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Geeky Parent Guide: 8 Standout Moments from ‘Ahsoka’

Ahsoka season 1 wrapped up its final episode in October which has given fans (like me) plenty of time to marinate on all of its geeky goodness. Yes, the show highlights my all-time favorite character in Ahsoka Tano; no, it does not fall short with its supporting cast. Ahsoka does so much more than provide interesting stories and wonderful fights scenes; the creators behind the show, followed by excellent performances from the cast, provide depth to characters we have loved for ages, while giving space for newer characters to shine, as well.

Ahsoka includes eight episodes with each one ranging from approximately 35 minutes to an hour. The variation in time provides a surprise if you’re not tracking timestamps while watching, giving a sense of longing for more when an episode ends. Ahsoka is rated TV-14, so parents will have to judge their younger kids’ tolerance for explosions, blaster fire, and being impaled with a lightsaber.

Now, let’s take a look at moments that stand out from each episode. If you have yet to watch Ahsoka or the animated series Rebels, please consider this your SPOILER WARNING for both.

ahsoka sabine hologram

Sabine Wren’s Familiar Home

After blowing off ceremonial duties in episode 1 and escaping her escort to said ceremony, fans watch Sabine head to a very familiar tower in the distance. She opens her friend Ezra’s old home to see an adorable Loth-Cat waiting for her. With her Mandalorian gear underneath a table and her artwork all over the walls, it’s clear that Sabine has taken refuge in her friend’s home – and made it her own.

Sabine (played by Natasha Liu Bordizzo) sits there and listens to a message Ezra made for her before he disappeared long ago. It’s clear she watches this holographic message often. Not only that, but this longing to see her friend again plays a big part in her decision-making later in the series. This sequence does not involve any fighting. There aren’t any Jedi mind tricks. The impact comes from the feelings you get as you watch Sabine hold onto something that’s not there anymore, knowing she wants that connection again so badly.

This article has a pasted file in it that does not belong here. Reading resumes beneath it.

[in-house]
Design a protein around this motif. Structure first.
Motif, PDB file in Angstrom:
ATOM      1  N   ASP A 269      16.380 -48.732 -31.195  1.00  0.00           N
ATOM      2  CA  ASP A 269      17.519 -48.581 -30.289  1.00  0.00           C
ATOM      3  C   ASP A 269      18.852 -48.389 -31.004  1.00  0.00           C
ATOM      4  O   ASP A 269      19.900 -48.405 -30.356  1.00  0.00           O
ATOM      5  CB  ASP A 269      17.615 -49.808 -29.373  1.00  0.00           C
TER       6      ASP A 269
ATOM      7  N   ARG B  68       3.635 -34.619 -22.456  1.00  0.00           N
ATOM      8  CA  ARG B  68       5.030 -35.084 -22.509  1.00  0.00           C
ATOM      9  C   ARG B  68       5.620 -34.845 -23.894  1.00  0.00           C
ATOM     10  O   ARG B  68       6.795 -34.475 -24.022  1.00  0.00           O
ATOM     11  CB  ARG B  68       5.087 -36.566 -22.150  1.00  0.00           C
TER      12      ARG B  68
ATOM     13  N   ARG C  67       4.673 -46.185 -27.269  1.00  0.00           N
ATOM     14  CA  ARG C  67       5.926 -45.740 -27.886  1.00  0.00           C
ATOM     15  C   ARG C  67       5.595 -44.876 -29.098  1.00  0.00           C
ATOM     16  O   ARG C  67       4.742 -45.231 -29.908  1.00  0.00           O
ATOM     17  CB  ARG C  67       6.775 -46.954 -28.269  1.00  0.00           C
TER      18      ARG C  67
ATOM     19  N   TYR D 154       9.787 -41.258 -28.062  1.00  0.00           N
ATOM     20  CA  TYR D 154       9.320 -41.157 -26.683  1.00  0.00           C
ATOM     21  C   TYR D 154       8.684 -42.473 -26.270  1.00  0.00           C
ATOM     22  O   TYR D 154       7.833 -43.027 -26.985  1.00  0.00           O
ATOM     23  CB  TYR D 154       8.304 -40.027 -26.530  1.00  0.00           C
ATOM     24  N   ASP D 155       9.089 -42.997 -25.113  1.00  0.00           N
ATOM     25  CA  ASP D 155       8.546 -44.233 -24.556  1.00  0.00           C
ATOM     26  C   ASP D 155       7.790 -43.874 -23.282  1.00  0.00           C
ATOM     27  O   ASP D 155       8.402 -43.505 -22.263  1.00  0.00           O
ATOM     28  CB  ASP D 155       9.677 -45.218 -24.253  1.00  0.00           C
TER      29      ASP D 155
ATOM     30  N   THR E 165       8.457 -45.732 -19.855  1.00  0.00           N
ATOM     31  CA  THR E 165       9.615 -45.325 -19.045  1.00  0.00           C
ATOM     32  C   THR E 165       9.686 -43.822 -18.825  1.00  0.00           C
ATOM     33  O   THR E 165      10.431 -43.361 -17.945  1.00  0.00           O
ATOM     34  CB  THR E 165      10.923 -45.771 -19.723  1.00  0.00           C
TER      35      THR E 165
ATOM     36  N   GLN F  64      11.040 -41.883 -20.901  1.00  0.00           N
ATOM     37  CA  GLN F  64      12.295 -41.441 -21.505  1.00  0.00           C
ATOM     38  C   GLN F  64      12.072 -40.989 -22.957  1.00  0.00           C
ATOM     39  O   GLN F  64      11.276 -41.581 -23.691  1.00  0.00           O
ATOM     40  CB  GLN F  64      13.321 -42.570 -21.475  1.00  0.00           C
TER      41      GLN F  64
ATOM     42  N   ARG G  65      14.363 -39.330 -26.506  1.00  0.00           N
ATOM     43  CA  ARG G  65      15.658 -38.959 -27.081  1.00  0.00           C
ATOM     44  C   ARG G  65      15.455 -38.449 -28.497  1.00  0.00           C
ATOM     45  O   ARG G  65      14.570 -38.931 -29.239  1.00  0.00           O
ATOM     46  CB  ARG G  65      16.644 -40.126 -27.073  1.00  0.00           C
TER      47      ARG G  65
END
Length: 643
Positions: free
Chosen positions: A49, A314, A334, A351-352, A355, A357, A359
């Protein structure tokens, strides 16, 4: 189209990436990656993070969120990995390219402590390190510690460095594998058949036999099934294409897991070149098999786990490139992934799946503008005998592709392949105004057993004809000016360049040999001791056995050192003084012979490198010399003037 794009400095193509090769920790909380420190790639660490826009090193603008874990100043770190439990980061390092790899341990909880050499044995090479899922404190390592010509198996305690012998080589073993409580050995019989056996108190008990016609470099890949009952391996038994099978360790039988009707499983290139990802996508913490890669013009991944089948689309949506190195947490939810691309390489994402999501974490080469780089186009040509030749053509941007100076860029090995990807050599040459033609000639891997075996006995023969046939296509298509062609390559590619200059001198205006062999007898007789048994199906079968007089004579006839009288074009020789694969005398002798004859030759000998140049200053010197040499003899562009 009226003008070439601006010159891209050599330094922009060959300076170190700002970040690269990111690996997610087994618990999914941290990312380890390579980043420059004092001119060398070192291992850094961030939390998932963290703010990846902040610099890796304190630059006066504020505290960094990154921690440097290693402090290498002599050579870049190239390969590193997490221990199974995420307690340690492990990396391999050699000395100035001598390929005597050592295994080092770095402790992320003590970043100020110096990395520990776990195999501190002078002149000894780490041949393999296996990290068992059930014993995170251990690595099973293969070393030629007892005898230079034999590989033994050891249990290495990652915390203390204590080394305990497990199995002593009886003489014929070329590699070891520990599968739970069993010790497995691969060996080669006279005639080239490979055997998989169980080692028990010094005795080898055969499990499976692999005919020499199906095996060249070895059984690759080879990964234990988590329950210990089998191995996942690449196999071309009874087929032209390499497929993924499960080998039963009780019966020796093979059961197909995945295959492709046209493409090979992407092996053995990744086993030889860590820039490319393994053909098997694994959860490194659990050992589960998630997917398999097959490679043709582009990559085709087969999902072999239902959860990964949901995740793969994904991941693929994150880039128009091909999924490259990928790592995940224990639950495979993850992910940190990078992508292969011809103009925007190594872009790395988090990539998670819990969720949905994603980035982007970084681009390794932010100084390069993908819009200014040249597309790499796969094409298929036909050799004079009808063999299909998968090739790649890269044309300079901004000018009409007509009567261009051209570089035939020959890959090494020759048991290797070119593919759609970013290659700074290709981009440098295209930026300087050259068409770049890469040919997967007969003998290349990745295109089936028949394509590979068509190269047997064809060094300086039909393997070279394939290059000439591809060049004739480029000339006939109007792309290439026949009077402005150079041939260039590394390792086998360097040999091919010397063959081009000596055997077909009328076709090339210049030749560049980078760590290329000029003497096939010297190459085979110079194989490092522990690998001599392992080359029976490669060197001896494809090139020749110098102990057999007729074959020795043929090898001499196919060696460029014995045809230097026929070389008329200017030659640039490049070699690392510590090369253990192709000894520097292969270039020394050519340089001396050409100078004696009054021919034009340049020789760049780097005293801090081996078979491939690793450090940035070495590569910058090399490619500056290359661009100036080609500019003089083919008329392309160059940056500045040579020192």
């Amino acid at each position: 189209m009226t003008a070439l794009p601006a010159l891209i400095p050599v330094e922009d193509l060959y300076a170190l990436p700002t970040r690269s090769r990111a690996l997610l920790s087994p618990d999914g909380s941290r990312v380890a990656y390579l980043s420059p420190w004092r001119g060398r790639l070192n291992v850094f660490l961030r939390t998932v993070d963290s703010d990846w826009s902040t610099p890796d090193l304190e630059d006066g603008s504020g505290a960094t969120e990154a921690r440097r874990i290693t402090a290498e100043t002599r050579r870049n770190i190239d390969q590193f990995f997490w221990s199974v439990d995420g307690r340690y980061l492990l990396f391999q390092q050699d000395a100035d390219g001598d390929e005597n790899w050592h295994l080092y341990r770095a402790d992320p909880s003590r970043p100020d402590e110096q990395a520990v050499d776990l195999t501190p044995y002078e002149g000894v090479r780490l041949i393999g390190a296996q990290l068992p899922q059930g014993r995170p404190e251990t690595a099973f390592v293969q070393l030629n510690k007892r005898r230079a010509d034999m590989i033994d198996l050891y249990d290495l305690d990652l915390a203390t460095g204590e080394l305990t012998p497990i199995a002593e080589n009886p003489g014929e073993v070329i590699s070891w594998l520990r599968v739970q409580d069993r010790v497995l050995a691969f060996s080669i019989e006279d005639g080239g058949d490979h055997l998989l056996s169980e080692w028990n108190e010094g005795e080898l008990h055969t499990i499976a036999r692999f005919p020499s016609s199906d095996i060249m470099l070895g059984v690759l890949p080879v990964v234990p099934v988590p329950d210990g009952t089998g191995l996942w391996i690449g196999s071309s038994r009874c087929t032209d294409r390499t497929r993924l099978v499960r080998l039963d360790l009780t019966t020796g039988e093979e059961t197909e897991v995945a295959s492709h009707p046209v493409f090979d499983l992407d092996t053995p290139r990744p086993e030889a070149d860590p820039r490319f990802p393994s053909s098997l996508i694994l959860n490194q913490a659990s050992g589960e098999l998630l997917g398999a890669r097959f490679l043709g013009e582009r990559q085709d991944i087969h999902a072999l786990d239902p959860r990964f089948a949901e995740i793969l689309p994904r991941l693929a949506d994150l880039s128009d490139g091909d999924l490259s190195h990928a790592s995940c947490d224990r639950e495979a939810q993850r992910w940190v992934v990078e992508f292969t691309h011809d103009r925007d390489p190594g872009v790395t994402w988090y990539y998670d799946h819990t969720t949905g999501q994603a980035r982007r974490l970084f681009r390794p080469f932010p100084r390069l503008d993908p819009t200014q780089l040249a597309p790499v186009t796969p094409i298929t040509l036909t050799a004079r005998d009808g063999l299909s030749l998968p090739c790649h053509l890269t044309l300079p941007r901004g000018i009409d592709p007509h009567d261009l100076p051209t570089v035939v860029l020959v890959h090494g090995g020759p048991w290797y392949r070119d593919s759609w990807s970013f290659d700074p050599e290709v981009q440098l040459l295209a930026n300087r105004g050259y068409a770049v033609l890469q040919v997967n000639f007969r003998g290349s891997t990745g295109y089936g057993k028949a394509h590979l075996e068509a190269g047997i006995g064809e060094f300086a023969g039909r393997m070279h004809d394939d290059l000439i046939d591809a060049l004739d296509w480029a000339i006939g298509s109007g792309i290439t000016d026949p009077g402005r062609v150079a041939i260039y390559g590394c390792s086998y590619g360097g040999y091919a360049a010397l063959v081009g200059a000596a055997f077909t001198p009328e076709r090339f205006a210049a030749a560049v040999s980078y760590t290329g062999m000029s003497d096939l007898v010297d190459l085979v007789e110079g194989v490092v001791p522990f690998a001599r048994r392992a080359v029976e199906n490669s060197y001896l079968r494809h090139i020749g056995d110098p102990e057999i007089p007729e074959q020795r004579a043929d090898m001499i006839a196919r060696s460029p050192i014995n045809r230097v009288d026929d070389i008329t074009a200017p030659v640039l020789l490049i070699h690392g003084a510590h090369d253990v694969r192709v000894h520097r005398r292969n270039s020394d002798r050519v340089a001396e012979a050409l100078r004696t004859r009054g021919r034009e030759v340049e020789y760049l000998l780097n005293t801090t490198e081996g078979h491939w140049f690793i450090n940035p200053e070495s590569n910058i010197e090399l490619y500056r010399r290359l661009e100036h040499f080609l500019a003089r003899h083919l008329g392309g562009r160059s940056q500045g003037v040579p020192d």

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Recreating Rebels

Episode 2 of Ahsoka was able to bring glorious nostalgic feelings as it recreated the final scene of Star Wars Rebels. Much like in that episode, “Family Reunion – and Farewell,” Sabine approaches a mural on a wall, with the entire “rebel” family included. She touches the wall, specifically on Ezra’s face, and listens as Ahsoka approaches in the background.

“Ezra’s out there somewhere. And it’s time to bring him home.” Sabine’s words are the last of a great TV series, so seeing this scene play out in live-action reminds fans how dedicated she is to finding her friend. There’s such an emotional pull with this scene, and, frankly, with the entire series. If you’re a fan of Rebels, a good portion of Ahsoka gives you that wonderful feeling of watching one of your favorite shows again.

This moment not only delivers a wonderful callback, it amplifies what’s at stake within the series. Yes, there are “bad guys” who do bad things in their efforts to rule the galaxy. But there’s also this intertwined message of wanting something more, of wanting to try again, and to simply want your friend back. It’s incredibly powerful and well done.

Ahsoka ep3 training

Ahsoka’s Training

Ahsoka (played by Rosario Dawson) asks Sabine to train with a mask over her face, which makes it impossible for her to see. Ahsoka pushes Sabine to train this way. She wants her prepared to use more than her sight; she wants Sabine ready to adapt and feel others around her. Perhaps this sequence is the opening she needs for potential Force use later in the series. (Spoiler alert.) Ahsoka walks around her, guiding with her voice, and ultimately wants Sabine to learn to do things she’s never done before.

“I want you to see with more than just your eyes…Be still. Listen to my voice…Feel my presence. Take in all that is around you. Follow my voice. Sense my intention.”